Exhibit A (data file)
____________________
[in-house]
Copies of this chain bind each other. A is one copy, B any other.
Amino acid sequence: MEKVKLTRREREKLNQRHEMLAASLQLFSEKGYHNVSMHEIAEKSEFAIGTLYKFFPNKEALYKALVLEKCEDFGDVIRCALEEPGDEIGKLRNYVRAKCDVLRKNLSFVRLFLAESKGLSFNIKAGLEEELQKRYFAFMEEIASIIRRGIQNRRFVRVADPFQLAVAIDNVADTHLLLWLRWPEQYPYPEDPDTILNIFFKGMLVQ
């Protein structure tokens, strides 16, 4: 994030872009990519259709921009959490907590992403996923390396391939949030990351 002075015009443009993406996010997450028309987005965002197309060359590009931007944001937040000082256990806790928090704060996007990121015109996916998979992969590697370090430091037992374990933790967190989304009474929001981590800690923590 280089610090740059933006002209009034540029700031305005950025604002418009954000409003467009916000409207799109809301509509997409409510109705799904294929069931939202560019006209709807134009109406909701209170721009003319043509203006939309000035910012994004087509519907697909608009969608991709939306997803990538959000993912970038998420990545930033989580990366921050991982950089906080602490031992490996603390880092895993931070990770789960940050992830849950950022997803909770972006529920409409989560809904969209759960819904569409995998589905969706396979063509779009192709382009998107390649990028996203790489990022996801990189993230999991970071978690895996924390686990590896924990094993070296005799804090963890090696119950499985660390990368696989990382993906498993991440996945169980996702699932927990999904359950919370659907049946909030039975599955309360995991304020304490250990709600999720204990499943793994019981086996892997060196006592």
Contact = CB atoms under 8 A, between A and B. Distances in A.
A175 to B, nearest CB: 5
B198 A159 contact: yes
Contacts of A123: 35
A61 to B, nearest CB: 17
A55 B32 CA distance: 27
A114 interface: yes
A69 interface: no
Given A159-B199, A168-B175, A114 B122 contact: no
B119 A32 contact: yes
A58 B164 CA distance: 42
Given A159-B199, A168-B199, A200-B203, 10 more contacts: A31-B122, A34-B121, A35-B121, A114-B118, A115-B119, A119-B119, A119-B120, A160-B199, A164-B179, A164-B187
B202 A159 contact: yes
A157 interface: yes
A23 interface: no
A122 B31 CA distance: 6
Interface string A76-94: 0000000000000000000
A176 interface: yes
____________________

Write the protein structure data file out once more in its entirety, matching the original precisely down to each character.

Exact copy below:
[in-house]
Copies of this chain bind each other. A is one copy, B any other.
Amino acid sequence: MEKVKLTRREREKLNQRHEMLAASLQLFSEKGYHNVSMHEIAEKSEFAIGTLYKFFPNKEALYKALVLEKCEDFGDVIRCALEEPGDEIGKLRNYVRAKCDVLRKNLSFVRLFLAESKGLSFNIKAGLEEELQKRYFAFMEEIASIIRRGIQNRRFVRVADPFQLAVAIDNVADTHLLLWLRWPEQYPYPEDPDTILNIFFKGMLVQ
């Protein structure tokens, strides 16, 4: 994030872009990519259709921009959490907590992403996923390396391939949030990351 002075015009443009993406996010997450028309987005965002197309060359590009931007944001937040000082256990806790928090704060996007990121015109996916998979992969590697370090430091037992374990933790967190989304009474929001981590800690923590 280089610090740059933006002209009034540029700031305005950025604002418009954000409003467009916000409207799109809301509509997409409510109705799904294929069931939202560019006209709807134009109406909701209170721009003319043509203006939309000035910012994004087509519907697909608009969608991709939306997803990538959000993912970038998420990545930033989580990366921050991982950089906080602490031992490996603390880092895993931070990770789960940050992830849950950022997803909770972006529920409409989560809904969209759960819904569409995998589905969706396979063509779009192709382009998107390649990028996203790489990022996801990189993230999991970071978690895996924390686990590896924990094993070296005799804090963890090696119950499985660390990368696989990382993906498993991440996945169980996702699932927990999904359950919370659907049946909030039975599955309360995991304020304490250990709600999720204990499943793994019981086996892997060196006592």
Contact = CB atoms under 8 A, between A and B. Distances in A.
A175 to B, nearest CB: 5
B198 A159 contact: yes
Contacts of A123: 35
A61 to B, nearest CB: 17
A55 B32 CA distance: 27
A114 interface: yes
A69 interface: no
Given A159-B199, A168-B175, A114 B122 contact: no
B119 A32 contact: yes
A58 B164 CA distance: 42
Given A159-B199, A168-B199, A200-B203, 10 more contacts: A31-B122, A34-B121, A35-B121, A114-B118, A115-B119, A119-B119, A119-B120, A160-B199, A164-B179, A164-B187
B202 A159 contact: yes
A157 interface: yes
A23 interface: no
A122 B31 CA distance: 6
Interface string A76-94: 0000000000000000000
A176 interface: yes